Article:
Several things can cause hypoglycemia, including diet and some medications. Certain medical conditions can also make hypoglycemia more common in people with diabetes. Exercise may also trigger hypoglycemia.
Sometimes, living with diabetes can seem like a full-time job -- trying to
keep up with everything you need to do for proper diabetes care.
"Diabetes is a very time-consuming disease to manage well," says
Karmeen Kulkarni, MS, RD, CDE, and former president of health care and
education for the American Diabetes Association. "The medication, the food,
the physical activity -- you add life in general to that whole picture and it
ends up being quite challenging."
You shouldn't get hypoglycemia if you take alpha-glucosidase inhibitors, biguanides (such as metformin), and thiazolidinediones alone, but it can happen when you take them with other diabetes medicines.
Diet and Hypoglycemia
You can also get hypoglycemia if you take too much insulin for the amount of carbohydrates you eat or drink.
For instance, it can happen after you eat a meal that has a lot of simple sugars, or if you miss a snack or don't eat a full meal, or if you eat later than usual, or if you drink alcohol without eating any food.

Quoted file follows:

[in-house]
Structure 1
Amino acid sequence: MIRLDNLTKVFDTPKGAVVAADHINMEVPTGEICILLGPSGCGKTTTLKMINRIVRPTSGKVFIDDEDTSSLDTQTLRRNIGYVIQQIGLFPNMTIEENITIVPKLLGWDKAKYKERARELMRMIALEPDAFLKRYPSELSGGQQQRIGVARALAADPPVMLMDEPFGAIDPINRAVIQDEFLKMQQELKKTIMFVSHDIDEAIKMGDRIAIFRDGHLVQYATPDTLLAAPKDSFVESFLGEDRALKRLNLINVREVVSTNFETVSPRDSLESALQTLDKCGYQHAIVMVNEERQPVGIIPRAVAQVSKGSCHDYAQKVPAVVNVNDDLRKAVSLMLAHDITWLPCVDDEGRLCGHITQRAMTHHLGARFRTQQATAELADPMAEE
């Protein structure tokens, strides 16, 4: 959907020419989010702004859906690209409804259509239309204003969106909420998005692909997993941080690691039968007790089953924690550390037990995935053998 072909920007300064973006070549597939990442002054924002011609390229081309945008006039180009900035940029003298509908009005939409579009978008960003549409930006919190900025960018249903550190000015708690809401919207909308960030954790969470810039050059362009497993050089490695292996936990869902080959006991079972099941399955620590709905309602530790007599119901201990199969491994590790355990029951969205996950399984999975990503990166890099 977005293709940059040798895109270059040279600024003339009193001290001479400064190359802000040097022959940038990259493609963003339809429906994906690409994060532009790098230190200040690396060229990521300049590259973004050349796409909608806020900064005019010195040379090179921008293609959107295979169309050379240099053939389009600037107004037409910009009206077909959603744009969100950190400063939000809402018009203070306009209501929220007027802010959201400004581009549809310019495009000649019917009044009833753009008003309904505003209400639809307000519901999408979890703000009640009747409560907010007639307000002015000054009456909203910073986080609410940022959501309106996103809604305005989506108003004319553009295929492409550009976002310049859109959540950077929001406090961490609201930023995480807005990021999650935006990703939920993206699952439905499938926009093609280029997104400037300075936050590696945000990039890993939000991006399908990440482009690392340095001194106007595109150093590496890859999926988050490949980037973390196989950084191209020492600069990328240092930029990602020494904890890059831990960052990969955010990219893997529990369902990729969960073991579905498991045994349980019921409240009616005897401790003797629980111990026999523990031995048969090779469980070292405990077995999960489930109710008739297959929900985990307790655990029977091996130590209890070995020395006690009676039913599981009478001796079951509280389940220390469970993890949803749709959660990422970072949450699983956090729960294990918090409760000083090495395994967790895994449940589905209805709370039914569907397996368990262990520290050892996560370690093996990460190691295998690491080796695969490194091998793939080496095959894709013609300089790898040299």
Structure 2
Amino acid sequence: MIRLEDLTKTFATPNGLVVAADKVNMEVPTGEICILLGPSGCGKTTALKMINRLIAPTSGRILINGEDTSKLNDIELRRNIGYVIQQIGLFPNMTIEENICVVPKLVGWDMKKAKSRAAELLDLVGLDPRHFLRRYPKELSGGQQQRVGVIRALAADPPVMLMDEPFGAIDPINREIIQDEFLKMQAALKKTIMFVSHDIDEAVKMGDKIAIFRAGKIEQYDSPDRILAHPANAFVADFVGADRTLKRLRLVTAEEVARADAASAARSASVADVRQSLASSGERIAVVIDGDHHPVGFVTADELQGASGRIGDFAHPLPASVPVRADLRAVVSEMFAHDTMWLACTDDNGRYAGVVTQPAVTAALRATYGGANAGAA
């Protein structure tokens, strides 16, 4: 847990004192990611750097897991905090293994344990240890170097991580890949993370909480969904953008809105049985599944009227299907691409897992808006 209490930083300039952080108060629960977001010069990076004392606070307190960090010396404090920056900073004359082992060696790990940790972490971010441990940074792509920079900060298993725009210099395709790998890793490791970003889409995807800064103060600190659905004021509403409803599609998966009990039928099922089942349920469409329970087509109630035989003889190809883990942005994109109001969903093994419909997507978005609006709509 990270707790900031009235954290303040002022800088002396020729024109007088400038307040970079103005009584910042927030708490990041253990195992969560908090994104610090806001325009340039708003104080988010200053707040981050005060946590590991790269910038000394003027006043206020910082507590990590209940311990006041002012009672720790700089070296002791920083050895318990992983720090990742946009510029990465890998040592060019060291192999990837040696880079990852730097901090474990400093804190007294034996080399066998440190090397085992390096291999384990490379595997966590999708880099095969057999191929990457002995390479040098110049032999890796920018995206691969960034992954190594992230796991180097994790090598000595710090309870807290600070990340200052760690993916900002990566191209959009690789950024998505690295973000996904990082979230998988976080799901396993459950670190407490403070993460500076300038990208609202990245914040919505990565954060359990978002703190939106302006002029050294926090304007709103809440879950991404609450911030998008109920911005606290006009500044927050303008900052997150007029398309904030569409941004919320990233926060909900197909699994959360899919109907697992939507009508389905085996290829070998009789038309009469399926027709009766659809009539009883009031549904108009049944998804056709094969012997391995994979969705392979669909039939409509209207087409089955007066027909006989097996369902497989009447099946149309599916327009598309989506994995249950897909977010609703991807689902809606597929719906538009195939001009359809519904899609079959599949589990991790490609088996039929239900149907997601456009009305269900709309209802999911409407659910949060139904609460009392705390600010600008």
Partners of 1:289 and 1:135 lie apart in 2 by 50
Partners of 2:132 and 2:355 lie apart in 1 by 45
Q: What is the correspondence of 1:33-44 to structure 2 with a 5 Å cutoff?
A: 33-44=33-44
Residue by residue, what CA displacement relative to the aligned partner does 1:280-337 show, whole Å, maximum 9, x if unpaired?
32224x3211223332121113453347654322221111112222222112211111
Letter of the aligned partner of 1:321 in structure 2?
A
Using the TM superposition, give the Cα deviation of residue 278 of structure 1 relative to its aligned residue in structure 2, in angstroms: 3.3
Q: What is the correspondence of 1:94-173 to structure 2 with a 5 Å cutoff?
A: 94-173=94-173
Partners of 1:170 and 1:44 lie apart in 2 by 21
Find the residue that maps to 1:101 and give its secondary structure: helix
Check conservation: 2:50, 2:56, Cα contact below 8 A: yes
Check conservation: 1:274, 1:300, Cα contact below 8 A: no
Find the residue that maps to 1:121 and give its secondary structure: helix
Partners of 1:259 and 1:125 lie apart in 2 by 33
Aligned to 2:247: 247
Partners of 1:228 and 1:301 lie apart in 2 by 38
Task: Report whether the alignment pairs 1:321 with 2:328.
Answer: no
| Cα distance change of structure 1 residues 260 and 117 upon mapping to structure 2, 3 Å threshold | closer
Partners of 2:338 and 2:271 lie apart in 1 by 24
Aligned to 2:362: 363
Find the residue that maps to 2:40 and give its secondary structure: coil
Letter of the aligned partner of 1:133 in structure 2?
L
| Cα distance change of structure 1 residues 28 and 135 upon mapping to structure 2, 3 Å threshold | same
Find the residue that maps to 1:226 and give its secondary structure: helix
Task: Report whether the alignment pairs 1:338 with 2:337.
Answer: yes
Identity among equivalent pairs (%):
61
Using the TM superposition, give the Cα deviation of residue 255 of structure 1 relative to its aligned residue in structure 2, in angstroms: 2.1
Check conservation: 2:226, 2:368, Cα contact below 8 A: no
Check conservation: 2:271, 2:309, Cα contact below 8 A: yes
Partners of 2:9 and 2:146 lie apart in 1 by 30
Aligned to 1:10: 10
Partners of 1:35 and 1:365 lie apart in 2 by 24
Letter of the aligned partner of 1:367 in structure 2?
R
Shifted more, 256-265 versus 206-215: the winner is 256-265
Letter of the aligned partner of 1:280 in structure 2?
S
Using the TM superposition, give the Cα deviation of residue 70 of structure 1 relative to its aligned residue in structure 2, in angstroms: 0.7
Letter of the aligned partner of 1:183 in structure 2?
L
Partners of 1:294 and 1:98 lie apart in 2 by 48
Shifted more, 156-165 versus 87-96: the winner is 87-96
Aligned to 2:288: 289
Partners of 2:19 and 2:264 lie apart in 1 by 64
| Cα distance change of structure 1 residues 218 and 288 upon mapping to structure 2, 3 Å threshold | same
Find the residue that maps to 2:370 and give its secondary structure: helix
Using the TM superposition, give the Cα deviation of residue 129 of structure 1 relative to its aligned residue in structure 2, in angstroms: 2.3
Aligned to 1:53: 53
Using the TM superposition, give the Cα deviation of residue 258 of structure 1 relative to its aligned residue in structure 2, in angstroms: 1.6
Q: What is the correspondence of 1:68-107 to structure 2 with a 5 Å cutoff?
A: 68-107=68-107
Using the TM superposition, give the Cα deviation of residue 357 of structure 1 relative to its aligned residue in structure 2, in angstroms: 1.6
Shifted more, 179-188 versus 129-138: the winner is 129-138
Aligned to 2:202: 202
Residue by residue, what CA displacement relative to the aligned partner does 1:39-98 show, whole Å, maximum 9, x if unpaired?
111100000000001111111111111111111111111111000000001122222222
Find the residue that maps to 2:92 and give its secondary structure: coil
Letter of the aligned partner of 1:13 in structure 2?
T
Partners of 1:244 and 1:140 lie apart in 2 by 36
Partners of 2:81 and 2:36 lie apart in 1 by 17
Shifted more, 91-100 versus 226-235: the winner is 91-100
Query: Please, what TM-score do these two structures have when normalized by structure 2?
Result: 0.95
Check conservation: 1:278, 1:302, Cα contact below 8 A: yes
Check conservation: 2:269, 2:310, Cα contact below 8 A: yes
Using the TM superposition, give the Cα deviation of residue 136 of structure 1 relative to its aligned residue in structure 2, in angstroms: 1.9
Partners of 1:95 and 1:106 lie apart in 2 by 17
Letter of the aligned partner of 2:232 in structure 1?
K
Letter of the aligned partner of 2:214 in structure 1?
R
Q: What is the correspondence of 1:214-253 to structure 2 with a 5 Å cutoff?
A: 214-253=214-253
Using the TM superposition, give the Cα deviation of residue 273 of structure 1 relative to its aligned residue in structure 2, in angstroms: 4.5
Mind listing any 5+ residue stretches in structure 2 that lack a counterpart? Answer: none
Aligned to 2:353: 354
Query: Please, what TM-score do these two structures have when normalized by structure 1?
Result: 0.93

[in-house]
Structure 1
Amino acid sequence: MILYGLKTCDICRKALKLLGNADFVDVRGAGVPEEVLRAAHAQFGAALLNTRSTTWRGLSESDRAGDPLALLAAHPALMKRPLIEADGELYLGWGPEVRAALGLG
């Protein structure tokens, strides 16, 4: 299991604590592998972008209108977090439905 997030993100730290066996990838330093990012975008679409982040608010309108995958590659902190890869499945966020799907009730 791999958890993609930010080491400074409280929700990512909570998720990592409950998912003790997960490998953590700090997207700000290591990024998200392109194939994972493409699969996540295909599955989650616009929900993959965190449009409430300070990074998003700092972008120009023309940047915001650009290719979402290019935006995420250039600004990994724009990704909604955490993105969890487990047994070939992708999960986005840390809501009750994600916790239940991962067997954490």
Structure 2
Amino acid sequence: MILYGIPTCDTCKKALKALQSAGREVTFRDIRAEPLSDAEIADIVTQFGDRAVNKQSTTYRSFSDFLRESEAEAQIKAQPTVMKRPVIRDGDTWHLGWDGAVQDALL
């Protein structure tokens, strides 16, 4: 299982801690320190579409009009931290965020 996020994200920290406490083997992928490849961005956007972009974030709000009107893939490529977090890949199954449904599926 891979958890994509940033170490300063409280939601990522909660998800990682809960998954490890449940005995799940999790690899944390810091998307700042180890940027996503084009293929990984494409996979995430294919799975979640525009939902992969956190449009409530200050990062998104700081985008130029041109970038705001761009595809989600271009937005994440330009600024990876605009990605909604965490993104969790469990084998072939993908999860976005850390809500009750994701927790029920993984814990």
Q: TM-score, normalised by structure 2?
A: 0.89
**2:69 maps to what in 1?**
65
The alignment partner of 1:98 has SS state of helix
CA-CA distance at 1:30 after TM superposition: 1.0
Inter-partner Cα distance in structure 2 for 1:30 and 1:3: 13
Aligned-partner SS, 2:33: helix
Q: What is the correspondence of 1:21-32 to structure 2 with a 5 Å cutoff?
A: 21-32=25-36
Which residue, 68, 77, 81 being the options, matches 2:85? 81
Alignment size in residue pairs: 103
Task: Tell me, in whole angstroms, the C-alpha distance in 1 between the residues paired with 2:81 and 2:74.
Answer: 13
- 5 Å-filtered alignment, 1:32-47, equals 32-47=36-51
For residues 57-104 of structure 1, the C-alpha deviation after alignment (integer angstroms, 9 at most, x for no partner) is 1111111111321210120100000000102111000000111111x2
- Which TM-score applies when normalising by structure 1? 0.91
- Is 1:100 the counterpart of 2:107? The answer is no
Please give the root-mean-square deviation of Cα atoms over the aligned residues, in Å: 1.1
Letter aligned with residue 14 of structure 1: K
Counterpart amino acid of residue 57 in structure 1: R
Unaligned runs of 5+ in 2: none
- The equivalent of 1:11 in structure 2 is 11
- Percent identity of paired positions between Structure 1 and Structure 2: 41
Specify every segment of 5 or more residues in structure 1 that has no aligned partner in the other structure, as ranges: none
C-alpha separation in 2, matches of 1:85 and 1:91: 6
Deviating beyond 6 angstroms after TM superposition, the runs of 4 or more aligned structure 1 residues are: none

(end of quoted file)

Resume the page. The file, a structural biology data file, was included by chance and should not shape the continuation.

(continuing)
It's important to not skip meals if you have diabetes, particularly if you're taking diabetes medications.
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Your level is currently
If the level is below 70 or you are experiencing symptoms such as shaking, sweating or difficulty thinking, you will need to raise the number immediately. A quick solution is to eat a few pieces of hard candy or 1 tablespoon of sugar or honey. Recheck your numbers again in 15 minutes to see if the number has gone up. If not, repeat the steps above or call your doctor.
People who experience hypoglycemia several times in a week should call their health care provider. It's important to monitor your levels each day so you can make sure your numbers are within the range. If you are pregnant always consult with your health care provider.
Congratulations on taking steps to manage your health.
However, it's important to continue to track your numbers so that you can make lifestyle changes if needed. If you are pregnant always consult with your physician.
Your level is high if this reading was taken before eating. Aim for 70-130 before meals and less than 180 two hours after meals.
Even if your number is high, it's not too late for you to take control of your health and lower your blood sugar.
One of the first steps is to monitor your levels each day. If you are pregnant always consult with your physician.
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